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It’s not too late to do right by the Bedouin
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It’s not too late to do right by the Bedouin

Few stories illustrate the unfeeling and aggressive attitude of the Israeli government toward the Arab-Bedouin population of the Negev as well as the case of Atir-Umm al-Hiran.

The residents of this unrecognized Bedouin village in southern Israel were transferred there from their original homes, on the lands of Kibbutz Shoval, by direct order of the military governor of the Negev in 1956. For the past 60 years, they have lived in a sort of legal limbo: Their rights to the land have never been recognized and they have no school and no access to state or municipal services.

The roughly 1,000 Bedouin in Atir-Umm al-Hiran have watched longingly as new Jewish arrivals in the area were quickly connected to the power grid while they continue to live without electricity and running water.

Now the state is threatening to uproot them again, demolishing their homes to make room for a new Jewish town on the lands where the Umm al-Hiran residents are now living. A group of Orthodox Jews designated to make their homes in the town are living in nearby caravans. And yes, they have water and electricity.

The Bedouin appealed to the Supreme Court, which denied their petition in May. A final appeal was rejected in January, clearing the final obstacle to their removal.

But it is not too late to do right by the residents of Umm al-Hiran. The Israel Democracy Institute and the Abraham Foundation have spearheaded an initiative to arrive at a fairer solution through direct negotiations with the Bedouins. Several Bedouin leaders have requested this dialogue and are willing to discuss creative possibilities.

And yet, appeals to the minister of agriculture and the Authority for the Regulation of Bedouin Settlement in the Negev (a government body that is charged with handling disputes like this one) to negotiate with residents have been rejected. The government continues to insist on relocating them to the nearby town of Hura, even though authorities there lack the infrastructure to accommodate them.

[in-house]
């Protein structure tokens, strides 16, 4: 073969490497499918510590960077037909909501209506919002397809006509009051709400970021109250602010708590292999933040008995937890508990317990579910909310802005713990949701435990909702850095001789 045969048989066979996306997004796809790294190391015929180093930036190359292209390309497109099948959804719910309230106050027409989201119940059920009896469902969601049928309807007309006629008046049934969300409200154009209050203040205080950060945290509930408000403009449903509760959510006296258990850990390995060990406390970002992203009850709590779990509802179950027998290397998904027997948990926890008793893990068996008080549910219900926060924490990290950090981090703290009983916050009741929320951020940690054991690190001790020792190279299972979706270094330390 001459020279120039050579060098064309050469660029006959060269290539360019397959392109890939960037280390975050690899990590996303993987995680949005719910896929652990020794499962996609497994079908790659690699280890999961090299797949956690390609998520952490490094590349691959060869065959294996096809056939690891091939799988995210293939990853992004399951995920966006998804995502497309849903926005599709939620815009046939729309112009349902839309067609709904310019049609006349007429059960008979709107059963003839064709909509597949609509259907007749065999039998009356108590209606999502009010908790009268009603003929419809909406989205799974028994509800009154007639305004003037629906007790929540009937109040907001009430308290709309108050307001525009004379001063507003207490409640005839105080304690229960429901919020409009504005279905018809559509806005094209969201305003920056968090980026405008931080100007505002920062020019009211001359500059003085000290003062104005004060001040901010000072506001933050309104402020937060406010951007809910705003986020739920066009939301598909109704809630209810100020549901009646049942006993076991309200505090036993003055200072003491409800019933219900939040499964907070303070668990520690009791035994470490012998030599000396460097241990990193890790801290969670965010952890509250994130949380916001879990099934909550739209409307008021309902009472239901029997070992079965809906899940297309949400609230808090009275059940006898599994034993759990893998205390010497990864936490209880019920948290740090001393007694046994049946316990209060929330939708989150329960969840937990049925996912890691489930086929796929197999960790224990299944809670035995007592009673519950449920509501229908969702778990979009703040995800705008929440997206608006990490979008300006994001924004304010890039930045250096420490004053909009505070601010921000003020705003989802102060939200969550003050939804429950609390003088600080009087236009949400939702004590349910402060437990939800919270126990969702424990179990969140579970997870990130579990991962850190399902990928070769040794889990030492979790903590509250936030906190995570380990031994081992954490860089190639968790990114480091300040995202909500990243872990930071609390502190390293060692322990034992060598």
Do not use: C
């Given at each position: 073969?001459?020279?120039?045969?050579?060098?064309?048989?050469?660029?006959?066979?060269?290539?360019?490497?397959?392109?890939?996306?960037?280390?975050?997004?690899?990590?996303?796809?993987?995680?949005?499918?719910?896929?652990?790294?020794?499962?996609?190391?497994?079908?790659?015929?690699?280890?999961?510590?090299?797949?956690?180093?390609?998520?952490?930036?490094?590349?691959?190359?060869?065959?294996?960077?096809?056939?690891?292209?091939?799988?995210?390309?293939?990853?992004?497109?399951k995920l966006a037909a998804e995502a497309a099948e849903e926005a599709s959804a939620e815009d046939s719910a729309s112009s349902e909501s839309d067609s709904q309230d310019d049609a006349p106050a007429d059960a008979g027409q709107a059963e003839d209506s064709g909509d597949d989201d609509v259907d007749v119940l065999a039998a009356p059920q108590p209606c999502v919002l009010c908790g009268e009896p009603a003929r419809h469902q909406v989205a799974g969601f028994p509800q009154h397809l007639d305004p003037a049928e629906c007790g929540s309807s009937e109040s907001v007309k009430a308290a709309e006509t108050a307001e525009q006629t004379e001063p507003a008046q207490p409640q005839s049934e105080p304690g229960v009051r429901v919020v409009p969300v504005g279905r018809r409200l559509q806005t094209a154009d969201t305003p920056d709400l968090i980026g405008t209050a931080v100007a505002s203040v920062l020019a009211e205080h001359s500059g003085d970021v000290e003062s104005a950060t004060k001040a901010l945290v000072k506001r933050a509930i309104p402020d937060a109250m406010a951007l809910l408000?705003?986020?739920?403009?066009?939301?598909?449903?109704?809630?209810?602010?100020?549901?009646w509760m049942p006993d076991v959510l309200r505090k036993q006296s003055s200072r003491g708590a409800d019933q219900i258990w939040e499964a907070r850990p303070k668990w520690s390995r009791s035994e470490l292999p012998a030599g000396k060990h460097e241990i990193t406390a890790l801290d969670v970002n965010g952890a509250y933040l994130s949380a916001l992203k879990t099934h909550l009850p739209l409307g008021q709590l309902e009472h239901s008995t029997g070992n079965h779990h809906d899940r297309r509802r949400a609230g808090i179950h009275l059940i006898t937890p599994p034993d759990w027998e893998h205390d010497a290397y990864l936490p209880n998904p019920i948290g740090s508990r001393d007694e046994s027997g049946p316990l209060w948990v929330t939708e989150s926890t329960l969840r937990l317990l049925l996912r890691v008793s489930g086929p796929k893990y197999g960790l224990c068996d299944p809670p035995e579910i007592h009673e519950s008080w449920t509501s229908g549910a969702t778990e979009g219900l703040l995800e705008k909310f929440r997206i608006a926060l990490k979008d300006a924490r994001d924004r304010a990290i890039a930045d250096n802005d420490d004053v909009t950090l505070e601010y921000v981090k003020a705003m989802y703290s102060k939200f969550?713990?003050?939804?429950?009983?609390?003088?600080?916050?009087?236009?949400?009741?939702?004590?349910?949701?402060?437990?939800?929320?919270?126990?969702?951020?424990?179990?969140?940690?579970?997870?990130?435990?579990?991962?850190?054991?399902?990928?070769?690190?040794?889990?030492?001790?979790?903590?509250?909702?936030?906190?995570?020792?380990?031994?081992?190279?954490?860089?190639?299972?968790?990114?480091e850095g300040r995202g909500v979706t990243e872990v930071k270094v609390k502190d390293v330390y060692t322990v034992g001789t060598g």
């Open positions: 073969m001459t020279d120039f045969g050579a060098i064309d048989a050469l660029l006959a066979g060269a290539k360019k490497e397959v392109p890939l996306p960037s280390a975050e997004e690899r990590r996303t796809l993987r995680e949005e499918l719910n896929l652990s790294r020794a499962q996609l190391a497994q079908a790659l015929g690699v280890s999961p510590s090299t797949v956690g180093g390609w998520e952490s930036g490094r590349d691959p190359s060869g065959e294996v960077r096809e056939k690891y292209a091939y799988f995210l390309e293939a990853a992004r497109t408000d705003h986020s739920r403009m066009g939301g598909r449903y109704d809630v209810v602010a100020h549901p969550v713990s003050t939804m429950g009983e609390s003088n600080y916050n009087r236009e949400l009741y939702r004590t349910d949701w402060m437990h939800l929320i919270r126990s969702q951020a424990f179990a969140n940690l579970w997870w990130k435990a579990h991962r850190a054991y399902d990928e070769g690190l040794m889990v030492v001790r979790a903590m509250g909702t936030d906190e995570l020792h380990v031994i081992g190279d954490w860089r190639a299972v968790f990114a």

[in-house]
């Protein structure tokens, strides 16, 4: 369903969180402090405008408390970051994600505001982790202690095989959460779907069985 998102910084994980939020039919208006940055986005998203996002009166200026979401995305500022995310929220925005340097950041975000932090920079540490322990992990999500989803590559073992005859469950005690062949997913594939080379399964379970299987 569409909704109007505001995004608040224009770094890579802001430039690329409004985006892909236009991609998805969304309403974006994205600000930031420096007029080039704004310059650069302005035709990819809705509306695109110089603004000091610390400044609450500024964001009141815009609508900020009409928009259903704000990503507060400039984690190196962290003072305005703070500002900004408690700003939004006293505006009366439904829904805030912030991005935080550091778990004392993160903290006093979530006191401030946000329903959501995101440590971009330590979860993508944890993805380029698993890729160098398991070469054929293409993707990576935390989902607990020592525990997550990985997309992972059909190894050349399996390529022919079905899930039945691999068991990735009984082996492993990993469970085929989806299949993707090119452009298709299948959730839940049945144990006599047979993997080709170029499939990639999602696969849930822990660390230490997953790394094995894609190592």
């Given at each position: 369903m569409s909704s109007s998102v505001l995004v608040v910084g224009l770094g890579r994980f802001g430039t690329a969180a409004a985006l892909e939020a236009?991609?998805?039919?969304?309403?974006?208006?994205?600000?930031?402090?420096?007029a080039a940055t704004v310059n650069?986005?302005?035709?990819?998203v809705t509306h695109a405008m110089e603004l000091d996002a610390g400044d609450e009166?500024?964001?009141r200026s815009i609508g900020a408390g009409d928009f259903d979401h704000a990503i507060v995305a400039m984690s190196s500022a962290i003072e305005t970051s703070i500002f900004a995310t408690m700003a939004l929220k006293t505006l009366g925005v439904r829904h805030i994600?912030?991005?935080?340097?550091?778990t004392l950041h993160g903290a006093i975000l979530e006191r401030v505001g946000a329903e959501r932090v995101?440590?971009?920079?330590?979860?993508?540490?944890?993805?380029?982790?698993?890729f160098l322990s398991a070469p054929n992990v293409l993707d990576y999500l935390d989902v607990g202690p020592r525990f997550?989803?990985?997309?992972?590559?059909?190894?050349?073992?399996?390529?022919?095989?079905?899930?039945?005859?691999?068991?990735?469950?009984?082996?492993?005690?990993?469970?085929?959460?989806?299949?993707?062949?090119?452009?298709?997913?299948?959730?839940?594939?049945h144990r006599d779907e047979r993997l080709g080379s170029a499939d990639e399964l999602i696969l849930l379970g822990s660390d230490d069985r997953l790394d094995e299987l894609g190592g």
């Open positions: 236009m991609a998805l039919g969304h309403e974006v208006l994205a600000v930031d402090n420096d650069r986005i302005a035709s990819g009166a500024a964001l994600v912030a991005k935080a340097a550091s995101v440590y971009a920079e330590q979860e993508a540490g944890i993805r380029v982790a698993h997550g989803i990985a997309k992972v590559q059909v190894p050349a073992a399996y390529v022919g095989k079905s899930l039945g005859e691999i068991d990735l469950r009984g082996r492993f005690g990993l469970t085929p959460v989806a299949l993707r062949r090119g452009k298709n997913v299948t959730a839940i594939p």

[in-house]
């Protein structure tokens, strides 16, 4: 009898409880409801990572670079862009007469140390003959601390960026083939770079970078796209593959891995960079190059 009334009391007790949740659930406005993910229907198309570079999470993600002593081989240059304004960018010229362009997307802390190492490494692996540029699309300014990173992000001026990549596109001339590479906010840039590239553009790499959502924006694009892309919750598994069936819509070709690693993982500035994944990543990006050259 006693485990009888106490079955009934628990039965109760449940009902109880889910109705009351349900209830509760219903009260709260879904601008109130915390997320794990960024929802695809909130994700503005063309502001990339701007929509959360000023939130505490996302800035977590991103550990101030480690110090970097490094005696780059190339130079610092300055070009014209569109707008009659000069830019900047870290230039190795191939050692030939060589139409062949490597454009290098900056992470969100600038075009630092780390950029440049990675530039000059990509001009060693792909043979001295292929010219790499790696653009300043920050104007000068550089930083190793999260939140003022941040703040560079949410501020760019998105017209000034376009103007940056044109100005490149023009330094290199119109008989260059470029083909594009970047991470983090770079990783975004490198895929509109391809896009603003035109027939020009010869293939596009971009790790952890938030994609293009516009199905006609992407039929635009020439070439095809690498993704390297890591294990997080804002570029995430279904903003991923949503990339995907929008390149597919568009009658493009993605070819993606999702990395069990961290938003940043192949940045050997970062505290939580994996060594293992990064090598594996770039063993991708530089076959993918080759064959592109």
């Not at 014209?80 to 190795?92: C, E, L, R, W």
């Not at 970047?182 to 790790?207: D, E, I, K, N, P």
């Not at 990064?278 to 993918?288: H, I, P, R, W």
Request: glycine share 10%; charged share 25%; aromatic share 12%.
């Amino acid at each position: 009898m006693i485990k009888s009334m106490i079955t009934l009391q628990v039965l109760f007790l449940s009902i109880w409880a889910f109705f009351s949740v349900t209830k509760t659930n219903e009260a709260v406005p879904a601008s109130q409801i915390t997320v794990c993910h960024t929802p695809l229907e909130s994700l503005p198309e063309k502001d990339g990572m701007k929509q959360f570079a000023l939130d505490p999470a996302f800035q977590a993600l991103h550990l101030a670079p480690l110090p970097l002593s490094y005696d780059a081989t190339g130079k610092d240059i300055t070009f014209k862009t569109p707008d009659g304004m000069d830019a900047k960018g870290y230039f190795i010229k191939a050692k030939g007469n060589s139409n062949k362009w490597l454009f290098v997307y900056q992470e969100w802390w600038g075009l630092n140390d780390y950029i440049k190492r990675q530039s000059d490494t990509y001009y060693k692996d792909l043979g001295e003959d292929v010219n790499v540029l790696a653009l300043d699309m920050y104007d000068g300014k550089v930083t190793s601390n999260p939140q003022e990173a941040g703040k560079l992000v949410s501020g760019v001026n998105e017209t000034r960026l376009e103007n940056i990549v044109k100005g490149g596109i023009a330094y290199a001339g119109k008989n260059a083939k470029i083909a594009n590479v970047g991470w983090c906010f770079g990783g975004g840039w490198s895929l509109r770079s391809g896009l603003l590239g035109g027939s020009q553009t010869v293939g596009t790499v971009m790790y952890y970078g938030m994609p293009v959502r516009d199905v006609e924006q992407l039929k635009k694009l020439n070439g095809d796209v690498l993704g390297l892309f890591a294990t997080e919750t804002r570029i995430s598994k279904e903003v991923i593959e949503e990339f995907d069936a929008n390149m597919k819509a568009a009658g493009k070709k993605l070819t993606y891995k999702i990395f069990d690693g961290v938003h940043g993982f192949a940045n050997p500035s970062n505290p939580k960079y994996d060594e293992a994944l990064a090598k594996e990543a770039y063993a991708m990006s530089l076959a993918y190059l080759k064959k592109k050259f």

In 2011, a government commission created to resolve outstanding land claims among Negev Bedouin recommended that preference be given to existing Bedouin communities over forced relocation to make way for newcomers. But in this case, the government is insistent on doing precisely the opposite.

It is impossible to imagine that a Jewish community established at the behest of the State of Israel and standing in place for 60 years would be treated in this manner. The message being sent here is that the Bedouin cannot trust the Israeli authorities to act justly toward them.

When the state neglects Arab-Bedouin citizens for years and then seeks to relocate them in order to build a new Jewish community, and when the state refuses to enter into dialogue with Arab-Bedouin residents to arrive at an appropriate and realistic solution, it raises serious questions about justice, morality, and public policy.

Israel has an obligation to take care of its minority citizens — an obligation that derives not just from its democratic values but its Jewish ones. It says in Leviticus, “There shall be one law for you, for the stranger and citizen alike.” If Israel is to be a Jewish and democratic state, it must treat all its citizens equally.

The story of Atir-Umm al-Hiran has the potential to become a black mark on relations between Israel and its Bedouin. But it is not too late. With a bit of goodwill a negotiated settlement — one that could serve as the basis for a broader effort to resolve outstanding issues facing Bedouin communities in southern Israel — can still be reached.

This essay was provided by JTA.

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